Helmond at the 41st Emmy Awards, 1989
|Born||Katherine Marie Helmond
July 5, 1929
Galveston, Texas, U.S.
Who’s the Boss?
|Spouse(s)||George N. Martin (m. 1957; div. 1962)
David Christian (m. 1962)
Many times, when a director reads a script and wants somebody who says 'Far out', then they let me do what I want with it and that's usually more interesting for an actor.
I was never ambitious to be a good actor. I just love doing it and I seem to be quite suited for it.
A director recommended me for the role on 'Soap.' They said, 'She plays heavy roles, murderesses and the like.' He said, 'On stage, she could be very very funny.'
I grew up hearing about the walking undead. I had a fascination with it as a child.
I was very lucky with 'Soap' and 'Who's the Boss,' which was great fun, and then went on 'Coach' and 'Everybody Loves Raymond.' I've been truly blessed, and the work has all been fun and a joy.
I'd really like to show women my age – who've had children grow up or lost husbands or retired after working all their lives – that there are options. There are choices. We don't have to just sit around and be invisible.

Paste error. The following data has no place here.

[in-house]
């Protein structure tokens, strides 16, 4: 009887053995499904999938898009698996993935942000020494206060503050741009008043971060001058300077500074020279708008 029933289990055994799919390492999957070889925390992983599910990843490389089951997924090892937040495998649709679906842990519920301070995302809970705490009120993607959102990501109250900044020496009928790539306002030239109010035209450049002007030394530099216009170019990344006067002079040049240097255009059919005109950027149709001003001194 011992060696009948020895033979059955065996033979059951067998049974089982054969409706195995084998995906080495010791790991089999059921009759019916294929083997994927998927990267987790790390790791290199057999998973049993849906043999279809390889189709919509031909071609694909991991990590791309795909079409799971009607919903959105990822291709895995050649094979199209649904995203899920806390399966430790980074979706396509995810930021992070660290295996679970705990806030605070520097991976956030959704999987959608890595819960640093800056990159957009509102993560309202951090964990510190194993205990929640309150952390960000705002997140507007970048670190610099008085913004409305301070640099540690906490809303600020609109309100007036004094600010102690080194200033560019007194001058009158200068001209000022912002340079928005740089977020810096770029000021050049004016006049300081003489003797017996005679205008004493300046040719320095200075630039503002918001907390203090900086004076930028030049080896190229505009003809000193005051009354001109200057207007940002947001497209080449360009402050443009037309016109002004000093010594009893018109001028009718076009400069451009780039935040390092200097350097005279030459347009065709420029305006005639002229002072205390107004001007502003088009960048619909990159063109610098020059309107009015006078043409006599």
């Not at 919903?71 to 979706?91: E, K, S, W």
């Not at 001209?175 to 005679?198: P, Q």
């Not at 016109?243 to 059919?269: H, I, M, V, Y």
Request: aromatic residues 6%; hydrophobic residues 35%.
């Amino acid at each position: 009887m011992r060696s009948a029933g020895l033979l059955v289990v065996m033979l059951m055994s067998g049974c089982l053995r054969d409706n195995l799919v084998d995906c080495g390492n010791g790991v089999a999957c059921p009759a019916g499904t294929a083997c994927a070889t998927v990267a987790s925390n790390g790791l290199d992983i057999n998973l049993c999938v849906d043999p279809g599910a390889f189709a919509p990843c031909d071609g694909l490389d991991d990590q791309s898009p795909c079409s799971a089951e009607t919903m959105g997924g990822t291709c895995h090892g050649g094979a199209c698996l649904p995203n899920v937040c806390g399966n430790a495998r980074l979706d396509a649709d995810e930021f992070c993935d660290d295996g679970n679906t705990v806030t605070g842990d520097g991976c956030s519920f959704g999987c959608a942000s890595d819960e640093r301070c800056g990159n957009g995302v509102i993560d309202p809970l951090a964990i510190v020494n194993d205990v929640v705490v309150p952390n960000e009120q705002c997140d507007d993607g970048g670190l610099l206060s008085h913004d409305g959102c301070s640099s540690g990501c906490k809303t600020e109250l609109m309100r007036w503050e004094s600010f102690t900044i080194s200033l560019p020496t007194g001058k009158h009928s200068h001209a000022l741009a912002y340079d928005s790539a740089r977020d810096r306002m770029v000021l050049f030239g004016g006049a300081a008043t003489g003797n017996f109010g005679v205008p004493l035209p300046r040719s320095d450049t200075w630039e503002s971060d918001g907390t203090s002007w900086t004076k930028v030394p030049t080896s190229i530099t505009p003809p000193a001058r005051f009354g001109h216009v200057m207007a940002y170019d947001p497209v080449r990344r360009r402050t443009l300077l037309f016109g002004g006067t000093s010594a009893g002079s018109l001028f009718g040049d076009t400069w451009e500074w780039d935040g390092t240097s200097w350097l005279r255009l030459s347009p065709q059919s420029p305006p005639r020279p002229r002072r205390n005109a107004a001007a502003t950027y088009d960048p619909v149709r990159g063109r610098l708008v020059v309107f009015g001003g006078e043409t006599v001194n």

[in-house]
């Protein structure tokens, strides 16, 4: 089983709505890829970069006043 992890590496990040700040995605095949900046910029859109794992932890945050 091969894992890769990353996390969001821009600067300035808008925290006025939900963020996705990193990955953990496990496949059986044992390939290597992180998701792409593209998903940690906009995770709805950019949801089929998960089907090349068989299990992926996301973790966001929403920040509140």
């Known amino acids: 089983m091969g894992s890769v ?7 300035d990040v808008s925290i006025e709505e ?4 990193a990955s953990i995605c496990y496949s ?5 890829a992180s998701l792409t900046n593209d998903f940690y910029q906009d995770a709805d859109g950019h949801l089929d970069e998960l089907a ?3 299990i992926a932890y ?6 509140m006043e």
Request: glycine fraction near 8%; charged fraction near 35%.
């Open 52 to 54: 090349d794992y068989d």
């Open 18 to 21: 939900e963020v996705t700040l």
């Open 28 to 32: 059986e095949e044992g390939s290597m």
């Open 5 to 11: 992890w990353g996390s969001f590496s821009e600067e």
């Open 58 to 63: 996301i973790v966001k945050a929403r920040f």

I went to Catholic school. Do as you're told; don't ask questions and you will be illuminated.
I had TB as a child. So I was put to doing things like drawing and reading. And I was raised in a family where manners were important. Maybe that's why I seem so refined.
The choice of roles as I grow older gets more and more limited, so if I pin myself to one kind of part I would get in trouble. So, these oddball ladies came along for me to do – I guess Terry Gilliam helped in this respect. I have found them more interesting, flashier and I get more mileage out of them.
Women have been brought up to be passive, accepting, not come forward and play a major role in life. And with age, there's a tendency to revert to that – to pull back, recede. I don't think it's advisable or admirable.